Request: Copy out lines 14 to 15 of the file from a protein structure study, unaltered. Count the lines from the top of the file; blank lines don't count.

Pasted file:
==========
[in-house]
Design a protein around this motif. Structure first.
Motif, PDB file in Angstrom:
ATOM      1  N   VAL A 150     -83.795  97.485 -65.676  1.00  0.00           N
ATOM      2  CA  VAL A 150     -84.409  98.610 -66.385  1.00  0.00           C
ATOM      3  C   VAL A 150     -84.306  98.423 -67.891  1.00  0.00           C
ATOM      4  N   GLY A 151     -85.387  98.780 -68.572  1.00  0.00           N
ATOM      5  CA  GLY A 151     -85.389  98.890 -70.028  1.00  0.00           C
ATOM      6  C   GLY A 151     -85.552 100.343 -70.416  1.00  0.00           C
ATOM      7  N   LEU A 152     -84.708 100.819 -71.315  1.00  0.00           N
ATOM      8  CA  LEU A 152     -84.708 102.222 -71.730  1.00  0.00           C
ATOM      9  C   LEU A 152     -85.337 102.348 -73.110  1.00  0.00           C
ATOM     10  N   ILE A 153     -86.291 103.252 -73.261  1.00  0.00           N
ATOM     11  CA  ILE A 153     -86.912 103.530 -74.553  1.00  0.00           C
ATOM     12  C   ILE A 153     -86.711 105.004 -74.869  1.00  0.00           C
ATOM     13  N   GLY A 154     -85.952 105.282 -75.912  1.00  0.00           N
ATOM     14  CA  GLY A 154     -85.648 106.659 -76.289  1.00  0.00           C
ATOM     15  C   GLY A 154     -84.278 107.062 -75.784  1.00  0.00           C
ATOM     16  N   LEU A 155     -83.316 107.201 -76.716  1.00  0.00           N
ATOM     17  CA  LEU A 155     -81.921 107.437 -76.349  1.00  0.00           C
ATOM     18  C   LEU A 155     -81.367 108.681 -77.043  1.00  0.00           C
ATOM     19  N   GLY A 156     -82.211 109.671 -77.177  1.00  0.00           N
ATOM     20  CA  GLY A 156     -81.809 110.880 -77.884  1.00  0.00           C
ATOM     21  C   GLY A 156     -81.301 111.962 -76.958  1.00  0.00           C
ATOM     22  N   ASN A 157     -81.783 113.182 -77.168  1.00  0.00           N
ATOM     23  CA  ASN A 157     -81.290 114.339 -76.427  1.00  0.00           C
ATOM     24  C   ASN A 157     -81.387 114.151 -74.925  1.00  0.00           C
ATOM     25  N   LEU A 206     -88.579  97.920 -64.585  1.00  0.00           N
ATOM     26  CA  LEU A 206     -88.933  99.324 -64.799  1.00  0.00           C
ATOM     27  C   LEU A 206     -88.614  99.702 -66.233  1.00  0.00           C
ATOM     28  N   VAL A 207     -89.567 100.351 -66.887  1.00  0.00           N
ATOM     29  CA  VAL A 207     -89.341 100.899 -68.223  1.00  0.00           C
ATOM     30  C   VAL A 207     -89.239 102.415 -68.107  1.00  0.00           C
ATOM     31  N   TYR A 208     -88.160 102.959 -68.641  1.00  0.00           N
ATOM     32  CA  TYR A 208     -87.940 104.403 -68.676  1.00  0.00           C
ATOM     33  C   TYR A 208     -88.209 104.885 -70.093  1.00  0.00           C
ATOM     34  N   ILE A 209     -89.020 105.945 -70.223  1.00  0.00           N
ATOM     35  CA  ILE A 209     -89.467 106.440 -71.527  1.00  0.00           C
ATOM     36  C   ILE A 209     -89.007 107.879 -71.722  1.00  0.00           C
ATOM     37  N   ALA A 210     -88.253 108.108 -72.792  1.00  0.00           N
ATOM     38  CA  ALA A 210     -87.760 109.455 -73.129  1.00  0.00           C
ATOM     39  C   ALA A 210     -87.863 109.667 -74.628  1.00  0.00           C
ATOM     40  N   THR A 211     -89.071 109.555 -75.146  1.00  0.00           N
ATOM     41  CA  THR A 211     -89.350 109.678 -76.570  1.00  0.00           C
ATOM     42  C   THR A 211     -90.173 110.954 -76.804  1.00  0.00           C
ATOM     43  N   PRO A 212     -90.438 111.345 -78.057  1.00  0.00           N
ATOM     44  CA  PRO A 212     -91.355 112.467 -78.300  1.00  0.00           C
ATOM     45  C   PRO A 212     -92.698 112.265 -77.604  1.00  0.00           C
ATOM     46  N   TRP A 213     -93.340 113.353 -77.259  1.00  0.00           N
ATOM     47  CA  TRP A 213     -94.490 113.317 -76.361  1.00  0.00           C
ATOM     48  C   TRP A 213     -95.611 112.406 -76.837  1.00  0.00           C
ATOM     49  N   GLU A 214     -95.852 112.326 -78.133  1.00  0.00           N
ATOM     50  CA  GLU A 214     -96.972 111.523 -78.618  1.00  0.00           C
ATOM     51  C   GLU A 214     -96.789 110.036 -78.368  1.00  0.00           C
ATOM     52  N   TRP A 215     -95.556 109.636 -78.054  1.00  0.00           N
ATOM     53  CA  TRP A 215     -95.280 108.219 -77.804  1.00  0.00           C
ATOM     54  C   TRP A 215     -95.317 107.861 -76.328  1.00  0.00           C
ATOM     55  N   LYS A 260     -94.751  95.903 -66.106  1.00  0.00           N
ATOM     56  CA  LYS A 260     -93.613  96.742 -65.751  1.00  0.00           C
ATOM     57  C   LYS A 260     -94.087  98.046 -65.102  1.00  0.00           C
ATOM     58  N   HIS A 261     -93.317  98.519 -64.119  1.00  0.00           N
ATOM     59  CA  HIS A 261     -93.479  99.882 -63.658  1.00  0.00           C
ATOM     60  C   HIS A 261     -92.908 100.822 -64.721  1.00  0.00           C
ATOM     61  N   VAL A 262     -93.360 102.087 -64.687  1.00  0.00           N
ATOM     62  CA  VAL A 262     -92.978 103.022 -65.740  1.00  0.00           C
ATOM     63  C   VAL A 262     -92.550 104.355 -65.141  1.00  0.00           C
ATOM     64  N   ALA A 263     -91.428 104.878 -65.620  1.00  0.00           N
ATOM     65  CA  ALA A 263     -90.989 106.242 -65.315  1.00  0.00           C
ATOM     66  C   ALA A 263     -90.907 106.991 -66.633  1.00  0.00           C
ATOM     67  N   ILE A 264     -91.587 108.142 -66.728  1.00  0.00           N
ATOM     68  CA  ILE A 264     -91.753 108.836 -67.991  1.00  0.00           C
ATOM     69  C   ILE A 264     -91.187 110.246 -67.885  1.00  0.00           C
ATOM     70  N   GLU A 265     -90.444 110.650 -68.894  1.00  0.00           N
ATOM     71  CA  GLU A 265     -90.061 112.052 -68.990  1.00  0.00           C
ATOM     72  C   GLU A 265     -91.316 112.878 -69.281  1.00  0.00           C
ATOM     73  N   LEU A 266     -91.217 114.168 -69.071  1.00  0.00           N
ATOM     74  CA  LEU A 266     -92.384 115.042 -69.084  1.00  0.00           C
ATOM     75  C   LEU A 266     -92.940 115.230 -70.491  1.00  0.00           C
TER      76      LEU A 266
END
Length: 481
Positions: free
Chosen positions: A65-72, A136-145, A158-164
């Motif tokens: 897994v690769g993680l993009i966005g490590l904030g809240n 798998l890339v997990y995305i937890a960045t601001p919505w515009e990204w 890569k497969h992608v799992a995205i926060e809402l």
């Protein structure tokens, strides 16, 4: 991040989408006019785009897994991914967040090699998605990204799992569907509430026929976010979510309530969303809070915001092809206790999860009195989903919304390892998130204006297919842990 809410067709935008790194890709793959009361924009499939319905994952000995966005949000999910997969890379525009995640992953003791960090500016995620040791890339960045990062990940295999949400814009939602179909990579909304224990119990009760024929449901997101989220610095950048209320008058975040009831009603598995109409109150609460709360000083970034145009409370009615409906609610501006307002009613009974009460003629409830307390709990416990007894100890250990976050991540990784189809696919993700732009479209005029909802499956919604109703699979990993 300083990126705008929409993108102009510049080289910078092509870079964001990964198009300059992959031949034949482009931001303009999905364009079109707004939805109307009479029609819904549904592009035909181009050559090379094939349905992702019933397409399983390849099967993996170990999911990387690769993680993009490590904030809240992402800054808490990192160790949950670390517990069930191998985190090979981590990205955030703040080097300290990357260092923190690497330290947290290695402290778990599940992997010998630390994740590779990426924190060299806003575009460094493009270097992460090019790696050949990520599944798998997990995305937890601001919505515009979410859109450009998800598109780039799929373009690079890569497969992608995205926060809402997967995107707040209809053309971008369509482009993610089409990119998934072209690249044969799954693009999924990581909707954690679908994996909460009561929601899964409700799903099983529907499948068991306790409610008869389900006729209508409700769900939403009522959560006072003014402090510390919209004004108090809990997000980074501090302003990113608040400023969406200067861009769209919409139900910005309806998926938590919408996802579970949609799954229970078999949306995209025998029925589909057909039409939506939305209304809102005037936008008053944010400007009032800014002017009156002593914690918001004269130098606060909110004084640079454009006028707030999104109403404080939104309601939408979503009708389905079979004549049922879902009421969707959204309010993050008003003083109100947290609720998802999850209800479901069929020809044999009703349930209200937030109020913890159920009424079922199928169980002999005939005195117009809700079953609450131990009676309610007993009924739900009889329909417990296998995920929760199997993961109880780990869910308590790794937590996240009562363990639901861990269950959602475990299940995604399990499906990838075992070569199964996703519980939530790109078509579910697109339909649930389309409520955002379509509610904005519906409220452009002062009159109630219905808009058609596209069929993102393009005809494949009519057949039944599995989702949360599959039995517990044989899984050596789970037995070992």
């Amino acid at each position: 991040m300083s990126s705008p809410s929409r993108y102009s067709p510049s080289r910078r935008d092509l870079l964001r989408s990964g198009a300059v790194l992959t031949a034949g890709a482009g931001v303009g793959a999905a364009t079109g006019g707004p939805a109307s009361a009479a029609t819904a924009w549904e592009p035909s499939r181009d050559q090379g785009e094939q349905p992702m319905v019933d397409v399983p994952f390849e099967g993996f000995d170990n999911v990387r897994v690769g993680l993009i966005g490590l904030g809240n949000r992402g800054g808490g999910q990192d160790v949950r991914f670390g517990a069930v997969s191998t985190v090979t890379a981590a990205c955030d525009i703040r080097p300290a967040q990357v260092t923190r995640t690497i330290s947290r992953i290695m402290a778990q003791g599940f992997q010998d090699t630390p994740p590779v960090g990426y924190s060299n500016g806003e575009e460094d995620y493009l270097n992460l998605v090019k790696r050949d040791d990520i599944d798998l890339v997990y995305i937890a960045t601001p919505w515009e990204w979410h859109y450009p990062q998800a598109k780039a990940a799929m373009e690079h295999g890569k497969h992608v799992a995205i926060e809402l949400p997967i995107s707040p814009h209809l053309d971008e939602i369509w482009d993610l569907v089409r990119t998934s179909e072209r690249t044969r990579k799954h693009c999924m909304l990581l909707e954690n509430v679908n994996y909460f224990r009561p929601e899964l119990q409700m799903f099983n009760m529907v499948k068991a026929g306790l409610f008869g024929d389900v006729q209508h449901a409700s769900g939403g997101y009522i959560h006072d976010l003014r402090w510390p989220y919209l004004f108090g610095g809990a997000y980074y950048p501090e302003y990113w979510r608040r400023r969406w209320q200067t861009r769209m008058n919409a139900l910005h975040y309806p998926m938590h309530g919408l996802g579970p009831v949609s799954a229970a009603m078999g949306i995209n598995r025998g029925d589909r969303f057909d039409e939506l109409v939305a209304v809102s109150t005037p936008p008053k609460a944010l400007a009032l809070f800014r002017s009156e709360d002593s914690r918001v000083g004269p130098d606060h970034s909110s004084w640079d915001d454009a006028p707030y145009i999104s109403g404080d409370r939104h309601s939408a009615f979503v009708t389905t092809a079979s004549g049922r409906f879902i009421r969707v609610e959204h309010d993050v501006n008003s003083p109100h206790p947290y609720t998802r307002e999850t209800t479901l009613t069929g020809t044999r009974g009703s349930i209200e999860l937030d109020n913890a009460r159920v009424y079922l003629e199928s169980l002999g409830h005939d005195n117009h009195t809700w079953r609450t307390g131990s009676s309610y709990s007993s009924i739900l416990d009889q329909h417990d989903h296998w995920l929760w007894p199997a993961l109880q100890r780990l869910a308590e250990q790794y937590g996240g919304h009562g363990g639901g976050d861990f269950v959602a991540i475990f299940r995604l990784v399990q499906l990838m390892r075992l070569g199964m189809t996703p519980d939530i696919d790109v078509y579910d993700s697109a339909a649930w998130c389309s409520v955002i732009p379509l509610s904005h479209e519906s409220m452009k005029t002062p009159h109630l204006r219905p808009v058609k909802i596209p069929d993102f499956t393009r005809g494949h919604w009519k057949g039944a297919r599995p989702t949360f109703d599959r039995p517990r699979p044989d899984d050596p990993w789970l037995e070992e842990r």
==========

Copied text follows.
ATOM     11  CA  ILE A 153     -86.912 103.530 -74.553  1.00  0.00           C
ATOM     12  C   ILE A 153     -86.711 105.004 -74.869  1.00  0.00           C